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‘Supermoon’ makes extra-close appearance this weekend


Monday’s full moon will be a “supermoon,” which is a fancy, somewhat exaggerated way of saying the full moon will be a little larger than normal.

That’s because the moon will be at its closest approach to the Earth while it happens to be full, which makes it look slightly larger and brighter than normal.

A full moon at perigee (closest approach) is up to 14 percent larger in diameter and shines with about 30 percent more light than when the moon is at apogee, its farthest point.

Monday’s supermoon will be the closest the moon comes to us in almost 69 years. It won’t happen again for another 18 years, The Associated Press reported.

NASA says the closest approach will occur at 6:21 a.m. EST when the moon comes within 221,523 miles. That’s from the center of the Earth to the center of the moon. Full moon will occur at 8:52 a.m. EST.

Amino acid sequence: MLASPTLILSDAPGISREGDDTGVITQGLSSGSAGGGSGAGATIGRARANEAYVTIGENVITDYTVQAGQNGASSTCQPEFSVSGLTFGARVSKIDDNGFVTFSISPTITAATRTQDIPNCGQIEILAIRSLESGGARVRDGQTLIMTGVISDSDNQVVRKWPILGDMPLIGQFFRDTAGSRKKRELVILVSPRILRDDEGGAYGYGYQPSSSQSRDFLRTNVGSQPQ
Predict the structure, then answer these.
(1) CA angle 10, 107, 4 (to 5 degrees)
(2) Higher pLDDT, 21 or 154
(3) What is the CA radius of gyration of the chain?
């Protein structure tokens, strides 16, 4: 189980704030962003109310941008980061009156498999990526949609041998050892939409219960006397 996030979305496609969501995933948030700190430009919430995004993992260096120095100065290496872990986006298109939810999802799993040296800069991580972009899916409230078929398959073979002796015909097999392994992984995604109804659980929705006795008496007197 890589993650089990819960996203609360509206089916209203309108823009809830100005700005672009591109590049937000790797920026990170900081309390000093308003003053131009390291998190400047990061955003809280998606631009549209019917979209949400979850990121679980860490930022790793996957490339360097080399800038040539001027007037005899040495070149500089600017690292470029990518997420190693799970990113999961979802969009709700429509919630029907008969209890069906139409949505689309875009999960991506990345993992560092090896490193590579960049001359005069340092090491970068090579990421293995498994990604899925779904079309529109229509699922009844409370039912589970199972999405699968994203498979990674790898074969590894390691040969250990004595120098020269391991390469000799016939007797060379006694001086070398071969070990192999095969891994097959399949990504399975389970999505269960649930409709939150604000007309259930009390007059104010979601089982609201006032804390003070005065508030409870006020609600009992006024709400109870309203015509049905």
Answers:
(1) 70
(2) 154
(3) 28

NASA planetary geologist Noah Petro is urging everyone to step outside and soak in the view. Prime viewing will be Monday night.

There will be another supermoon in mid-December when the moon becomes full on the same day as perigee.

The last time the moon was so close – actually, 29 miles closer – was in January 1948.

Read Tim Hunter’s Sky Spy column in Caliente on Thursdays. The Associated Press contributed to this report

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